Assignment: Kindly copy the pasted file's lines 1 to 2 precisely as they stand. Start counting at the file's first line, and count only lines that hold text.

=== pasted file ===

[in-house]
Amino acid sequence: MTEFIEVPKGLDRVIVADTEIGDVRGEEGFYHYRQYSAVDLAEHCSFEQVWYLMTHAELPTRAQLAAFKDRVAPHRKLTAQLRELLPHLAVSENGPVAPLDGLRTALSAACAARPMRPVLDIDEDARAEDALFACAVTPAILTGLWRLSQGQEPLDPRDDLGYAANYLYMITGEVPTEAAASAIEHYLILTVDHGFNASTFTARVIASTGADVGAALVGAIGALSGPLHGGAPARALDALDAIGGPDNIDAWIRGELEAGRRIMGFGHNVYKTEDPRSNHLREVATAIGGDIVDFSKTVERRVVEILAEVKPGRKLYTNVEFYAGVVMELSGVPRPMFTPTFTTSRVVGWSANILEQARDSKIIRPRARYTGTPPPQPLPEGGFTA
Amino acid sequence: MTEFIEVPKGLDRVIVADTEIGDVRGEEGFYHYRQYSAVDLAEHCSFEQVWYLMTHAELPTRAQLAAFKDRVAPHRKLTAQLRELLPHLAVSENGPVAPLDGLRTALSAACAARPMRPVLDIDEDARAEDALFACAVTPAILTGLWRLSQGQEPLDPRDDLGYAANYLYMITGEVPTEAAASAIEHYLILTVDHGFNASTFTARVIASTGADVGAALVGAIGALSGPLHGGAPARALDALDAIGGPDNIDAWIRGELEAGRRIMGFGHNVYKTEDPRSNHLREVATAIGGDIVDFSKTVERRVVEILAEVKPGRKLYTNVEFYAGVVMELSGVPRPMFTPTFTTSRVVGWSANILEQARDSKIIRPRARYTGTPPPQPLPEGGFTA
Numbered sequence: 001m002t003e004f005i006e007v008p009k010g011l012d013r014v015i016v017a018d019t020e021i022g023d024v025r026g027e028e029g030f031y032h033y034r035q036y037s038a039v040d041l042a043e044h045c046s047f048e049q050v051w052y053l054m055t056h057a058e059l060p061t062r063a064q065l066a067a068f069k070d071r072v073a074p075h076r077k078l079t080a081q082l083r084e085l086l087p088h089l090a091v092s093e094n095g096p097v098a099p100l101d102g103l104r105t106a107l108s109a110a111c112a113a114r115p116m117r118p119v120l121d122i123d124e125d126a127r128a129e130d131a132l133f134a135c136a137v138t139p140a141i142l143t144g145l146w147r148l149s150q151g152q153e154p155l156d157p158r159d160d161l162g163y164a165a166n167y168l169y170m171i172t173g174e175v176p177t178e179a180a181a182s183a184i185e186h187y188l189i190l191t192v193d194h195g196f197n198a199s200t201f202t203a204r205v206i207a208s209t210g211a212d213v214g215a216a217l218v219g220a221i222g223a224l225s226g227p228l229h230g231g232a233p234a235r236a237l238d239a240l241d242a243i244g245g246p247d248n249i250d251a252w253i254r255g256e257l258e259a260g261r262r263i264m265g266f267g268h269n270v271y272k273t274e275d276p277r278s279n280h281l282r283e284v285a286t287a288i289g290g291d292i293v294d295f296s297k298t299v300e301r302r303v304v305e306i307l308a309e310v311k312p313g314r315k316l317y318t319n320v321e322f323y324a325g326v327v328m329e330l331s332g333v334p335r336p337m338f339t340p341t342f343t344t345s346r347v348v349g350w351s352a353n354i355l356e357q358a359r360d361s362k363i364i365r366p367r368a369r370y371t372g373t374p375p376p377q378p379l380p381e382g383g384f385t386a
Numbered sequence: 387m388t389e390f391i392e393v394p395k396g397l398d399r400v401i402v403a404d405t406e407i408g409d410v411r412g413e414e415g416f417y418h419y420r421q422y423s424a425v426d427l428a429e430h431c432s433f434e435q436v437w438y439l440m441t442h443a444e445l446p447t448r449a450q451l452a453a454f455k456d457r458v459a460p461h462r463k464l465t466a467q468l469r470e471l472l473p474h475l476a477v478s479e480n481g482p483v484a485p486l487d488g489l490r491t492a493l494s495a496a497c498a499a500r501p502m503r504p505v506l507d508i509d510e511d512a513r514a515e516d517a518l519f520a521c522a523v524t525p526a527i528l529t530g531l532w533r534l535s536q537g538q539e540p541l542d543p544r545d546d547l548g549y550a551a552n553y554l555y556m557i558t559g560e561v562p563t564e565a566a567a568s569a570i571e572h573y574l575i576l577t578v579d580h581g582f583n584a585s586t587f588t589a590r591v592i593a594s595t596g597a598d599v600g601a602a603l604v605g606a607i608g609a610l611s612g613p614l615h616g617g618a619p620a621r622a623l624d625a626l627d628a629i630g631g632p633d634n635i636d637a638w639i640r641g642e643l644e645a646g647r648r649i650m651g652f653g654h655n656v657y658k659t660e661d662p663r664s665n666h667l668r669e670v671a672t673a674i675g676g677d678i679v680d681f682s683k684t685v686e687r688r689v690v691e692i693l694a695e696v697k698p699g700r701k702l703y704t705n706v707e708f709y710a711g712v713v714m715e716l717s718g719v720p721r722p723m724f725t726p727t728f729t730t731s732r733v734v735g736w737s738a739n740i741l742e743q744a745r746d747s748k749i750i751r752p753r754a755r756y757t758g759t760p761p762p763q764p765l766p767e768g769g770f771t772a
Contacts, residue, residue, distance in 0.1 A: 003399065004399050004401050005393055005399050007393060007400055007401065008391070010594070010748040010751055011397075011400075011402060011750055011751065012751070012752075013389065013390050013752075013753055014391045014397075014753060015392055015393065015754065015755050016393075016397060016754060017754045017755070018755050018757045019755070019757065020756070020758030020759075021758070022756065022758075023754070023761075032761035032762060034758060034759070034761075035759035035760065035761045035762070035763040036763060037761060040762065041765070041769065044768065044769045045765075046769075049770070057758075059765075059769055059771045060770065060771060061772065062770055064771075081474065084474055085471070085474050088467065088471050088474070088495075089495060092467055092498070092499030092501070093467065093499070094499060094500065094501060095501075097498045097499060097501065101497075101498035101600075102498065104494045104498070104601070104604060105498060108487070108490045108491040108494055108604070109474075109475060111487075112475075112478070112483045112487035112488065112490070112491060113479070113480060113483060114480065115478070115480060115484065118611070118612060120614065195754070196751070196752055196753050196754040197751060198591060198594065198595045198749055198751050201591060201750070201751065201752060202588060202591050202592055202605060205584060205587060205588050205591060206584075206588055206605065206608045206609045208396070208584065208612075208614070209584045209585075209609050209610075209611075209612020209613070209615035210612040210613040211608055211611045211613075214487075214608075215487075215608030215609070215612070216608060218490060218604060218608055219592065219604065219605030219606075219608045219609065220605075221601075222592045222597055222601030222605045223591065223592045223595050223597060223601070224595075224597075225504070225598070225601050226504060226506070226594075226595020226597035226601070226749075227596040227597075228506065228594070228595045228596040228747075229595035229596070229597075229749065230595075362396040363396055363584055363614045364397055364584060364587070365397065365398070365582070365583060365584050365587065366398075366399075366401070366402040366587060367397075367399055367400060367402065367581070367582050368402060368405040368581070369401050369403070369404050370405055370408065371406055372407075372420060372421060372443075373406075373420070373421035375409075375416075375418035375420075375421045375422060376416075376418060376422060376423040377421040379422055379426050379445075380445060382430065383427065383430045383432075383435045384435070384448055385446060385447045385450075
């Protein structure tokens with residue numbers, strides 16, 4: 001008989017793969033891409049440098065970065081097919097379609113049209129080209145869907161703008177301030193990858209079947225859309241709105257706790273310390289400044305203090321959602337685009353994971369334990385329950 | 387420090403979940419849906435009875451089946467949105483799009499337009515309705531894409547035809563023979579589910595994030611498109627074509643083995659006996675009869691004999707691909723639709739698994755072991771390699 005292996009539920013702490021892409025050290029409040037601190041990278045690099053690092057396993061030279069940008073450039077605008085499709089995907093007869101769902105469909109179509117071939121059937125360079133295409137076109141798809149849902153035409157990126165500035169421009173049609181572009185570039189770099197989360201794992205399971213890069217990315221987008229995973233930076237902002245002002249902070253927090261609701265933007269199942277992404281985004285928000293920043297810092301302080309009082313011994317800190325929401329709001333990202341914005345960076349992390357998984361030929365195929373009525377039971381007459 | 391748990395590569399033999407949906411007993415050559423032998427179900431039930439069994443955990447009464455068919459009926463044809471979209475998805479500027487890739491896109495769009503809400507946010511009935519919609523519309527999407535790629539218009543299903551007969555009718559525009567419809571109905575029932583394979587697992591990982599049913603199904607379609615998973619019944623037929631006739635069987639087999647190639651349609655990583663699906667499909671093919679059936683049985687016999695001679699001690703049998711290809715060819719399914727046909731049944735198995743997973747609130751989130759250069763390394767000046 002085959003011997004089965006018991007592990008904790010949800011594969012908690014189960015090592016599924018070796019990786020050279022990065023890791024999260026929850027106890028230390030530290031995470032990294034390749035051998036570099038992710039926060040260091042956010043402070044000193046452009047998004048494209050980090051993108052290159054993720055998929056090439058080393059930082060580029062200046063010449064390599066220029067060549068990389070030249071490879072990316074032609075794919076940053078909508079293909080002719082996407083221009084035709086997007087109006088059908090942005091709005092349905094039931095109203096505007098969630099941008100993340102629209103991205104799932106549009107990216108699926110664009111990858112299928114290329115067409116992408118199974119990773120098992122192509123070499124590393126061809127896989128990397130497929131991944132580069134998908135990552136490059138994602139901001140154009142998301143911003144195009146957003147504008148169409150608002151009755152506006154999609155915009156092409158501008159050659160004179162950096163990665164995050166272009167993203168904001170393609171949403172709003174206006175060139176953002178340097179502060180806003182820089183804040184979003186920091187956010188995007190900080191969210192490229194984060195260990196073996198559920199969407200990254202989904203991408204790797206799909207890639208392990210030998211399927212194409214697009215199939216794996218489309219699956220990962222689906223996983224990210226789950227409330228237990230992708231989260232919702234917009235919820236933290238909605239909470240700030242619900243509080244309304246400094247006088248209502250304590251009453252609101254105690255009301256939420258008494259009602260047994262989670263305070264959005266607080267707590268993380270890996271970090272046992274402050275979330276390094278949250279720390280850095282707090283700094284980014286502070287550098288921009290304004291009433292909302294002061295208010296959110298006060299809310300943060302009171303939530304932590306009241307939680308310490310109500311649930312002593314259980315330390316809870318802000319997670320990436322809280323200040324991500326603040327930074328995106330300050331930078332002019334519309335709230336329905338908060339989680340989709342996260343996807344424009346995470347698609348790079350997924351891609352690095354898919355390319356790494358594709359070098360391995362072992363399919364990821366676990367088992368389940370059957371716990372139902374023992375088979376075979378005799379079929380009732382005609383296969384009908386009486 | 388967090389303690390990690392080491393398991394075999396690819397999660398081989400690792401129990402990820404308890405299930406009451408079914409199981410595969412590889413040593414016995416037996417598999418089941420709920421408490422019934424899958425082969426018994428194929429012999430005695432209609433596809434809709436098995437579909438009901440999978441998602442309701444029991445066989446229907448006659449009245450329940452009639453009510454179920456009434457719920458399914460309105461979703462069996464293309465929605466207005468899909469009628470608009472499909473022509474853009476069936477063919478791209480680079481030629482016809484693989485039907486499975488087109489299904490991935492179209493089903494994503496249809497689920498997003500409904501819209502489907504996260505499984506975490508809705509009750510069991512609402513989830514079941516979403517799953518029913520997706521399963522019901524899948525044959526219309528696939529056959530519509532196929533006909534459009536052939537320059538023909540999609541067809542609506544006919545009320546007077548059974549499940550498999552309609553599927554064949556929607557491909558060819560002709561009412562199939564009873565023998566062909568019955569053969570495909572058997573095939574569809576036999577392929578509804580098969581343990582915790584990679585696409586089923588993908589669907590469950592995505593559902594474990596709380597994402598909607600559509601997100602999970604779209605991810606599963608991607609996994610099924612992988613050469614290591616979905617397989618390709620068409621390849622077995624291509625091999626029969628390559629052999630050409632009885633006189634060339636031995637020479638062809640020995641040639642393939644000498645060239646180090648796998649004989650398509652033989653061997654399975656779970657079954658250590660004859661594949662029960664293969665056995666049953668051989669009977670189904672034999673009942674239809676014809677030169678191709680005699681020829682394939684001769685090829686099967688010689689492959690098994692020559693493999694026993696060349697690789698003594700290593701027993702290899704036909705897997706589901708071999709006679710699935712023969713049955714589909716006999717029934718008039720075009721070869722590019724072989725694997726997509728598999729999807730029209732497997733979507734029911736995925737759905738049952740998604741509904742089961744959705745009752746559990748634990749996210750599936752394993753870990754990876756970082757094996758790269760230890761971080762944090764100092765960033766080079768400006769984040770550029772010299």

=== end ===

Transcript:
[in-house]
Amino acid sequence: MTEFIEVPKGLDRVIVADTEIGDVRGEEGFYHYRQYSAVDLAEHCSFEQVWYLMTHAELPTRAQLAAFKDRVAPHRKLTAQLRELLPHLAVSENGPVAPLDGLRTALSAACAARPMRPVLDIDEDARAEDALFACAVTPAILTGLWRLSQGQEPLDPRDDLGYAANYLYMITGEVPTEAAASAIEHYLILTVDHGFNASTFTARVIASTGADVGAALVGAIGALSGPLHGGAPARALDALDAIGGPDNIDAWIRGELEAGRRIMGFGHNVYKTEDPRSNHLREVATAIGGDIVDFSKTVERRVVEILAEVKPGRKLYTNVEFYAGVVMELSGVPRPMFTPTFTTSRVVGWSANILEQARDSKIIRPRARYTGTPPPQPLPEGGFTA